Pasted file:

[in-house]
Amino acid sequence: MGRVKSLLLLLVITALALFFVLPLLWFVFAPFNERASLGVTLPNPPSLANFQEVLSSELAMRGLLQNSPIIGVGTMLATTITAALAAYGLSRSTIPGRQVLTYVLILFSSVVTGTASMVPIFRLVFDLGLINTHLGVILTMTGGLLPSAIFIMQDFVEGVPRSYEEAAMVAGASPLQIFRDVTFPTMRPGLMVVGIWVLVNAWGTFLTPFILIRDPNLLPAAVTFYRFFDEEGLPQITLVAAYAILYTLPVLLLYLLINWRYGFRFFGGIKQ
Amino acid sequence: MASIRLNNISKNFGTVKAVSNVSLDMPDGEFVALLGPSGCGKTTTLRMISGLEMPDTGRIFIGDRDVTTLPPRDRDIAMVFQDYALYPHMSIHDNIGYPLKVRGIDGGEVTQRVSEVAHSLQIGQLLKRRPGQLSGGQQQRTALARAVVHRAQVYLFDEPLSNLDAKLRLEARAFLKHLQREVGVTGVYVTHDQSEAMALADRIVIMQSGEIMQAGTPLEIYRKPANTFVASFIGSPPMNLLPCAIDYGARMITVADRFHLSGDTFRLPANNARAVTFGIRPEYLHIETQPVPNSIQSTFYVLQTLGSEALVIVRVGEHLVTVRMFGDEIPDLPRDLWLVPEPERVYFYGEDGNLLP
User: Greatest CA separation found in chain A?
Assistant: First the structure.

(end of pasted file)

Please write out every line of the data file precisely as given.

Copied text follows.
[in-house]
Amino acid sequence: MGRVKSLLLLLVITALALFFVLPLLWFVFAPFNERASLGVTLPNPPSLANFQEVLSSELAMRGLLQNSPIIGVGTMLATTITAALAAYGLSRSTIPGRQVLTYVLILFSSVVTGTASMVPIFRLVFDLGLINTHLGVILTMTGGLLPSAIFIMQDFVEGVPRSYEEAAMVAGASPLQIFRDVTFPTMRPGLMVVGIWVLVNAWGTFLTPFILIRDPNLLPAAVTFYRFFDEEGLPQITLVAAYAILYTLPVLLLYLLINWRYGFRFFGGIKQ
Amino acid sequence: MASIRLNNISKNFGTVKAVSNVSLDMPDGEFVALLGPSGCGKTTTLRMISGLEMPDTGRIFIGDRDVTTLPPRDRDIAMVFQDYALYPHMSIHDNIGYPLKVRGIDGGEVTQRVSEVAHSLQIGQLLKRRPGQLSGGQQQRTALARAVVHRAQVYLFDEPLSNLDAKLRLEARAFLKHLQREVGVTGVYVTHDQSEAMALADRIVIMQSGEIMQAGTPLEIYRKPANTFVASFIGSPPMNLLPCAIDYGARMITVADRFHLSGDTFRLPANNARAVTFGIRPEYLHIETQPVPNSIQSTFYVLQTLGSEALVIVRVGEHLVTVRMFGDEIPDLPRDLWLVPEPERVYFYGEDGNLLP
User: Greatest CA separation found in chain A?
Assistant: First the structure.